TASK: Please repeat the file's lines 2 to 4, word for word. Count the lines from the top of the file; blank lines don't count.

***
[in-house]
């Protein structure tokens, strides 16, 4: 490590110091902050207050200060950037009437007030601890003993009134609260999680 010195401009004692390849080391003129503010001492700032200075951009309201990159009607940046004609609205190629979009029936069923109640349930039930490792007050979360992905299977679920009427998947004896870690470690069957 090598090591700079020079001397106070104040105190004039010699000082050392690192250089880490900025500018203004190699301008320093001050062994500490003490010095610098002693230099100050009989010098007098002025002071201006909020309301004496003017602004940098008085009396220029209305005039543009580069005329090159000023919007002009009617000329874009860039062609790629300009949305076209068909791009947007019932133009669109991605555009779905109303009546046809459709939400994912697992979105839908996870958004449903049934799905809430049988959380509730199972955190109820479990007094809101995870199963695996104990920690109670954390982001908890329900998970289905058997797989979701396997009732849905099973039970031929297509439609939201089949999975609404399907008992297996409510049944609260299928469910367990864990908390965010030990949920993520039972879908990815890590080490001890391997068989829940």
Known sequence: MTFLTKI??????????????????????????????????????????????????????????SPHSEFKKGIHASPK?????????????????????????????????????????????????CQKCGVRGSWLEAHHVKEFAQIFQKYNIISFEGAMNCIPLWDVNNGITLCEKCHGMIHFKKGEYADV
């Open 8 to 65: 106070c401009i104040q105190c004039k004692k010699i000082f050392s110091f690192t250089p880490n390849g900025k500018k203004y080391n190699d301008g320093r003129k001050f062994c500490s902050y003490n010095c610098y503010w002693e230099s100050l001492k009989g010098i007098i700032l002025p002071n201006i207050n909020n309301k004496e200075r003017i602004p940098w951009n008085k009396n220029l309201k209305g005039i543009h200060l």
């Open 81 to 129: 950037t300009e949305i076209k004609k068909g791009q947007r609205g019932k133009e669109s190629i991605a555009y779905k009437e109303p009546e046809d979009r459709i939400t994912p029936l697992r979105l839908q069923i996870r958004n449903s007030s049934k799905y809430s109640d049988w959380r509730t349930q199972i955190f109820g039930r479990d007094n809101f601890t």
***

């Protein structure tokens, strides 16, 4: 490590110091902050207050200060950037009437007030601890003993009134609260999680 010195401009004692390849080391003129503010001492700032200075951009309201990159009607940046004609609205190629979009029936069923109640349930039930490792007050979360992905299977679920009427998947004896870690470690069957 090598090591700079020079001397106070104040105190004039010699000082050392690192250089880490900025500018203004190699301008320093001050062994500490003490010095610098002693230099100050009989010098007098002025002071201006909020309301004496003017602004940098008085009396220029209305005039543009580069005329090159000023919007002009009617000329874009860039062609790629300009949305076209068909791009947007019932133009669109991605555009779905109303009546046809459709939400994912697992979105839908996870958004449903049934799905809430049988959380509730199972955190109820479990007094809101995870199963695996104990920690109670954390982001908890329900998970289905058997797989979701396997009732849905099973039970031929297509439609939201089949999975609404399907008992297996409510049944609260299928469910367990864990908390965010030990949920993520039972879908990815890590080490001890391997068989829940």
Known sequence: MTFLTKI??????????????????????????????????????????????????????????SPHSEFKKGIHASPK?????????????????????????????????????????????????CQKCGVRGSWLEAHHVKEFAQIFQKYNIISFEGAMNCIPLWDVNNGITLCEKCHGMIHFKKGEYADV
């Open 8 to 65: 106070c401009i104040q105190c004039k004692k010699i000082f050392s110091f690192t250089p880490n390849g900025k500018k203004y080391n190699d301008g320093r003129k001050f062994c500490s902050y003490n010095c610098y503010w002693e230099s100050l001492k009989g010098i007098i700032l002025p002071n201006i207050n909020n309301k004496e200075r003017i602004p940098w951009n008085k009396n220029l309201k209305g005039i543009h200060l």